From Cache

Taku Glacier

Alaska is known for its incredible glaciers, and Taku Glacier, just southeast of Juneau, is one of the most researched and impressive of them all. Holding records for being the deepest, thickest alpine temperate glacier in the world, it comes in at 4,845 feet thick and extends about 36 miles from its origination in the Juneau Icefield.

About the Taku Glacier

Considered a large glacier, even by Alaska’s standards, Taku Glacier is one of the southernmost tidewater glaciers in the northern hemisphere—and the largest of the Juneau Icefield. While other glaciers across the state have been retreating due to warming global temperatures, the Taku Glacier has fascinated researchers by continuing to advance as others have melted away.

Unfortunately, in 2019, it was announced the Taku Glacier was officially in retreat with the rest of Alaska’s glaciers.

Geography of Taku Glacier

As a tidewater glacier, Taku Glacier has advanced over time to block the Taku River then retreated—only to restart its advance again. This is due to its positive mass balance. Snow piles up on the glacier faster than the ice and snow melt, and the grounded terminus of the glacier means it doesn’t lose mass from icebergs calving into the water below.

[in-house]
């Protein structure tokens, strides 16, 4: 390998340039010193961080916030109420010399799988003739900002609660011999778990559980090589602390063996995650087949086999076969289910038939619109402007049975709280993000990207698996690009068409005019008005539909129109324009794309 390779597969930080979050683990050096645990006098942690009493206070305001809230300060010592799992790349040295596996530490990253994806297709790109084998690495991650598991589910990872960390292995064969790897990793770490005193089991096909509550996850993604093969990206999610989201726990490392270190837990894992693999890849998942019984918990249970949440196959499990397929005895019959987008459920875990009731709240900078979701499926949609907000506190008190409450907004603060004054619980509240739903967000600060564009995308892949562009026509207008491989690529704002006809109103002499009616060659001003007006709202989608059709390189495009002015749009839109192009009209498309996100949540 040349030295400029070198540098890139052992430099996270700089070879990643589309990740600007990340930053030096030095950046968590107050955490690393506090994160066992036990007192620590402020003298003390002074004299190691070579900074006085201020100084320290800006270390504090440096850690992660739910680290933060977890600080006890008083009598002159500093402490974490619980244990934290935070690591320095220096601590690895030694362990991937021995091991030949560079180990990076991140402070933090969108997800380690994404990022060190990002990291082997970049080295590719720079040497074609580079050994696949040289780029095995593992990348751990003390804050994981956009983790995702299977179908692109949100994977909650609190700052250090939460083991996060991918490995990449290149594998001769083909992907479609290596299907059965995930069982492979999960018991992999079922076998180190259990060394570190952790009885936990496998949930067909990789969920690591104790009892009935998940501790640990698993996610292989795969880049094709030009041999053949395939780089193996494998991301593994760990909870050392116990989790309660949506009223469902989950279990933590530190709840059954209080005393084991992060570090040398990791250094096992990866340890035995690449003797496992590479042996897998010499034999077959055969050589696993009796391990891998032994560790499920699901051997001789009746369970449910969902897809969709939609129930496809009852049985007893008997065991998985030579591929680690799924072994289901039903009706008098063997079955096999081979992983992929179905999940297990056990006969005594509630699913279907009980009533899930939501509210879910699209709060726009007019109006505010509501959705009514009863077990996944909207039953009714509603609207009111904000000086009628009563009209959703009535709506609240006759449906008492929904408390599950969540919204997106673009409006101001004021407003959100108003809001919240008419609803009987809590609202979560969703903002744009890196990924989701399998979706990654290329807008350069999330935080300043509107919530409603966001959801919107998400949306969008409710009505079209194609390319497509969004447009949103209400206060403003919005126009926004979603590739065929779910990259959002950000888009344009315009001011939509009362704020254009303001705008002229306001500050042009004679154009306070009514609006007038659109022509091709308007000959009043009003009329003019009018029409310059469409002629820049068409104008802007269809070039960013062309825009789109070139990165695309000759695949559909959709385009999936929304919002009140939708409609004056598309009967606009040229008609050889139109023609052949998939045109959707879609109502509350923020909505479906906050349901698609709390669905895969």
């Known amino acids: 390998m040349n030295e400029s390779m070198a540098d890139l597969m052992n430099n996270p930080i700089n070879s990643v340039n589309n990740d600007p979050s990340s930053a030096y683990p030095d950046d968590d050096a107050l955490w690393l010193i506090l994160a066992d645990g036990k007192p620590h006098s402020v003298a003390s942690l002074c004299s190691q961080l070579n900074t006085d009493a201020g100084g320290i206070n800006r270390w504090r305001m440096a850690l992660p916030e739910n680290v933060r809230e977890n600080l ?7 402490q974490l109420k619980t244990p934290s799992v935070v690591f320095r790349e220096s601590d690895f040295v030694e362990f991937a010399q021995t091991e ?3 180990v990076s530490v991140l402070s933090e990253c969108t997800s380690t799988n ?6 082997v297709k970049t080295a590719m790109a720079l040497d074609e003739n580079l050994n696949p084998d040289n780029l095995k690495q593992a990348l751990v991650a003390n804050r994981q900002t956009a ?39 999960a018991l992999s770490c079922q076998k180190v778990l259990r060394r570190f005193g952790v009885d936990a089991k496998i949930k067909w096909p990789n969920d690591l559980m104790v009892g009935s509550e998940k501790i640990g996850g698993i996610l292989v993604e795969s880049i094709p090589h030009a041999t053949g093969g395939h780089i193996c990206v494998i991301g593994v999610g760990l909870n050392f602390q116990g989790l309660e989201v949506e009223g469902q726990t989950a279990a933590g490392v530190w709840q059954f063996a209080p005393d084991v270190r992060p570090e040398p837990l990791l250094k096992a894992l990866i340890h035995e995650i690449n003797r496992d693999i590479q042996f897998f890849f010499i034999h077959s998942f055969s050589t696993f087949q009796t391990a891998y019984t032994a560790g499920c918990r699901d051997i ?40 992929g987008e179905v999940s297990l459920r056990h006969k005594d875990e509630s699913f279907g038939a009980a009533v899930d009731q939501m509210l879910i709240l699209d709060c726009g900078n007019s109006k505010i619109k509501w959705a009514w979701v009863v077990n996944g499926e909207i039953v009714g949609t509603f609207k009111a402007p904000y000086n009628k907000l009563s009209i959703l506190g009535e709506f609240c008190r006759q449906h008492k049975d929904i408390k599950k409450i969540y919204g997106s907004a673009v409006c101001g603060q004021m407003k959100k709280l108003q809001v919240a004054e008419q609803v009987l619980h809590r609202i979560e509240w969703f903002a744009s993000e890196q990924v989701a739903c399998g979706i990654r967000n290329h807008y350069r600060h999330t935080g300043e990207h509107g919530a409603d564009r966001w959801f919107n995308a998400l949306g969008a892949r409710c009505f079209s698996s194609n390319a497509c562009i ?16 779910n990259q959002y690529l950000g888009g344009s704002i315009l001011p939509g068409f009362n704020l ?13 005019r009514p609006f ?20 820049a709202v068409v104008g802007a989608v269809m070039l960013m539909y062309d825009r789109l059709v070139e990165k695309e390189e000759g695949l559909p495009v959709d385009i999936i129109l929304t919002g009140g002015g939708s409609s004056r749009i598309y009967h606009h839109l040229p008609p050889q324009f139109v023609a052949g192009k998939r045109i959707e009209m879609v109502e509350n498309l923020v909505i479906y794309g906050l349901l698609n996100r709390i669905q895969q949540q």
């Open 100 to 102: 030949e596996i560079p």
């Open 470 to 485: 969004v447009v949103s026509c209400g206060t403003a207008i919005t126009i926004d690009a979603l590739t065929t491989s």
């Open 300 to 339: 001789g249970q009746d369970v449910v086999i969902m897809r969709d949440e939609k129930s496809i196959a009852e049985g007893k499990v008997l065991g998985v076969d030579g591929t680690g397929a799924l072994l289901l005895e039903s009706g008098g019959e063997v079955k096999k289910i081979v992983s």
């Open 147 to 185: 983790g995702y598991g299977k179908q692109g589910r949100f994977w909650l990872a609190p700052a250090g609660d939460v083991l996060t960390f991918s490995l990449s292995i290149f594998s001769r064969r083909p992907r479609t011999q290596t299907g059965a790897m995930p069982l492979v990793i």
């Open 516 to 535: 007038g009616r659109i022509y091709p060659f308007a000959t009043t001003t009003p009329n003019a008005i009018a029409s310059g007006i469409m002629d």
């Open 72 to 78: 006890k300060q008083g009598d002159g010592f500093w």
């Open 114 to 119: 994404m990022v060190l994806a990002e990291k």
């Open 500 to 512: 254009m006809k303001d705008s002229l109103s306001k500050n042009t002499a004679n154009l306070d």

While all of the other glaciers of Alaska have seen marked recession with climate change, Taku Glacier appeared unaffected—until 2019. NASA photos released that year showed the massive glacier retreating for the first time since studies on it began back in 1946.

Interesting Facts

The Taku Glacier is more than just one of the most stunning natural sights in Alaska—it’s an essential part of the puzzle for understanding global warming and climate change. Visitors here have the opportunity to stand on the precipice of a global shift, making Taku Glacier as fascinating as it is beautiful.

  • Taku Glacier was named Schultze Glacier in 1883, and renamed Foster Glacier in 1890. However, the local Tlingit name of “Taku” is the name that eventually stuck.
  • The ferry M/V Taku of the Alaska Marine Highway System is named after Taku Glacier.
  • Every year, glaciers across the globe lose up to 390 billion tons of ice and snow, but mountain glaciers only account for less than 1% of the ice volume of Earth’s glaciers.
  • The Juneau Icefield is larger than Rhode Island by one-third, and it covers 1,500 square miles.
  • The last time Taku Glacier began advancing was around 1750, and it had advanced a total of 4.82 miles—bringing it within .78 miles of Taku Point—since 1890.

Visiting Taku Glacier

There’s no road to drive up to Taku Glacier, so visiting this amazing site takes some planning. The Taku Glacier Lodge offers a comfortable place to stay for sightseers, and as a fly-in location, it’s open during the peak summer tourist months of May through September.

Visiting Taku Glacier is an experience you won’t soon forget, and travelers here can spend the day taking a flight over the Juneau Ice Field glaciers and end the evening eating grilled wild Alaskan Salmon at the Taku Glacier Lodge. Whether adventure or incredible scenery is your goal, you’ll find exactly what you’re looking for at Taku Glacier.

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